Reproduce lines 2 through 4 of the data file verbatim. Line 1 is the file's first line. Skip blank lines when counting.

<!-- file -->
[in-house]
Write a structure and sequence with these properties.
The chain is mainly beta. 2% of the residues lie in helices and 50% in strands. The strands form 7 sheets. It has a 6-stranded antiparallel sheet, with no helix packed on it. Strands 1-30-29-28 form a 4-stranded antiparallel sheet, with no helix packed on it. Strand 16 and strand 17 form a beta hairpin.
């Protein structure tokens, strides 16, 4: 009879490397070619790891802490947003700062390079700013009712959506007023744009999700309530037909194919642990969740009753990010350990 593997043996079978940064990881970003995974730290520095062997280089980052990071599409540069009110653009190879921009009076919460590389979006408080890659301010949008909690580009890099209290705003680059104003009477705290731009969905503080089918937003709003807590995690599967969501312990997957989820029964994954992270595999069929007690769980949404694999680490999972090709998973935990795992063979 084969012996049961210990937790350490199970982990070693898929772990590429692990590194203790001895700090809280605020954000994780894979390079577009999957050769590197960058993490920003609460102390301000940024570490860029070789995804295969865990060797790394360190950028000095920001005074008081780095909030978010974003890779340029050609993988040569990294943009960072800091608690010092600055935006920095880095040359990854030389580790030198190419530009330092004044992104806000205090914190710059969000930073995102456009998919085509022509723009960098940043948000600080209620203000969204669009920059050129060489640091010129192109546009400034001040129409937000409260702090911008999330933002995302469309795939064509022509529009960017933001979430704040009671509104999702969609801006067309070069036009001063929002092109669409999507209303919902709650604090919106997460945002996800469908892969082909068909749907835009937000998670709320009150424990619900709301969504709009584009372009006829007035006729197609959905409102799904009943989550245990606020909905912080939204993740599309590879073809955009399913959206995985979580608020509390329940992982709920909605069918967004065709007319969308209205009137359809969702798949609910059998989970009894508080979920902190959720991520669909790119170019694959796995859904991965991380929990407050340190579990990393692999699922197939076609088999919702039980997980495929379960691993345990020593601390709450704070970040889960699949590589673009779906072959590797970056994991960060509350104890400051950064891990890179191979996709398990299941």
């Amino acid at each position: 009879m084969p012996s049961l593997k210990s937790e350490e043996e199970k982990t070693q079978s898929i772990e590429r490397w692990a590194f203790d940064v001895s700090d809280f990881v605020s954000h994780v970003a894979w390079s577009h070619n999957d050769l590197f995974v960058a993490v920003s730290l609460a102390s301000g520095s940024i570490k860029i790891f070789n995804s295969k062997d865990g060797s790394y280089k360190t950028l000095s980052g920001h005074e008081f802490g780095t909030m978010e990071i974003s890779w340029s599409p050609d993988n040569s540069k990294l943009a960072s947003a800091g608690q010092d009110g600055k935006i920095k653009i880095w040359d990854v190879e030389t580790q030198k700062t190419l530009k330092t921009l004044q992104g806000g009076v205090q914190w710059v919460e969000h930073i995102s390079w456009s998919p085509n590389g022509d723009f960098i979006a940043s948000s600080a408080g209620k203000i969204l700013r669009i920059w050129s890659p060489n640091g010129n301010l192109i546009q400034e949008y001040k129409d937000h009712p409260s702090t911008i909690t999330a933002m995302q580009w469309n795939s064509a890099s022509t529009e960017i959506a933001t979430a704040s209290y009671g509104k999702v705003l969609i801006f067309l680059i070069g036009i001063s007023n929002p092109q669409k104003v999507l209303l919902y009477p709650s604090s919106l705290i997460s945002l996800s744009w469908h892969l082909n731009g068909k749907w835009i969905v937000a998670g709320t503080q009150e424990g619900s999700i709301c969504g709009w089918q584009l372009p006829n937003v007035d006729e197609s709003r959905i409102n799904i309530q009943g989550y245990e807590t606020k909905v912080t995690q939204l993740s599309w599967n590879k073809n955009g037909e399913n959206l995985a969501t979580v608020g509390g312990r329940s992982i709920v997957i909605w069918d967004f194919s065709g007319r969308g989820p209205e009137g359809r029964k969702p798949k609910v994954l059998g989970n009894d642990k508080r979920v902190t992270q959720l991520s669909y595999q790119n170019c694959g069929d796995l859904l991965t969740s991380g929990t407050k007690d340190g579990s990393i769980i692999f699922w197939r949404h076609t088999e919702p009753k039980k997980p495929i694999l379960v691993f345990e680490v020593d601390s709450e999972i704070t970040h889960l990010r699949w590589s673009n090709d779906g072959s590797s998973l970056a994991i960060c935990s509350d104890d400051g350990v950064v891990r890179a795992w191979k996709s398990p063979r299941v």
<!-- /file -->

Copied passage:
Write a structure and sequence with these properties.
The chain is mainly beta. 2% of the residues lie in helices and 50% in strands. The strands form 7 sheets. It has a 6-stranded antiparallel sheet, with no helix packed on it. Strands 1-30-29-28 form a 4-stranded antiparallel sheet, with no helix packed on it. Strand 16 and strand 17 form a beta hairpin.
């Protein structure tokens, strides 16, 4: 009879490397070619790891802490947003700062390079700013009712959506007023744009999700309530037909194919642990969740009753990010350990 593997043996079978940064990881970003995974730290520095062997280089980052990071599409540069009110653009190879921009009076919460590389979006408080890659301010949008909690580009890099209290705003680059104003009477705290731009969905503080089918937003709003807590995690599967969501312990997957989820029964994954992270595999069929007690769980949404694999680490999972090709998973935990795992063979 084969012996049961210990937790350490199970982990070693898929772990590429692990590194203790001895700090809280605020954000994780894979390079577009999957050769590197960058993490920003609460102390301000940024570490860029070789995804295969865990060797790394360190950028000095920001005074008081780095909030978010974003890779340029050609993988040569990294943009960072800091608690010092600055935006920095880095040359990854030389580790030198190419530009330092004044992104806000205090914190710059969000930073995102456009998919085509022509723009960098940043948000600080209620203000969204669009920059050129060489640091010129192109546009400034001040129409937000409260702090911008999330933002995302469309795939064509022509529009960017933001979430704040009671509104999702969609801006067309070069036009001063929002092109669409999507209303919902709650604090919106997460945002996800469908892969082909068909749907835009937000998670709320009150424990619900709301969504709009584009372009006829007035006729197609959905409102799904009943989550245990606020909905912080939204993740599309590879073809955009399913959206995985979580608020509390329940992982709920909605069918967004065709007319969308209205009137359809969702798949609910059998989970009894508080979920902190959720991520669909790119170019694959796995859904991965991380929990407050340190579990990393692999699922197939076609088999919702039980997980495929379960691993345990020593601390709450704070970040889960699949590589673009779906072959590797970056994991960060509350104890400051950064891990890179191979996709398990299941």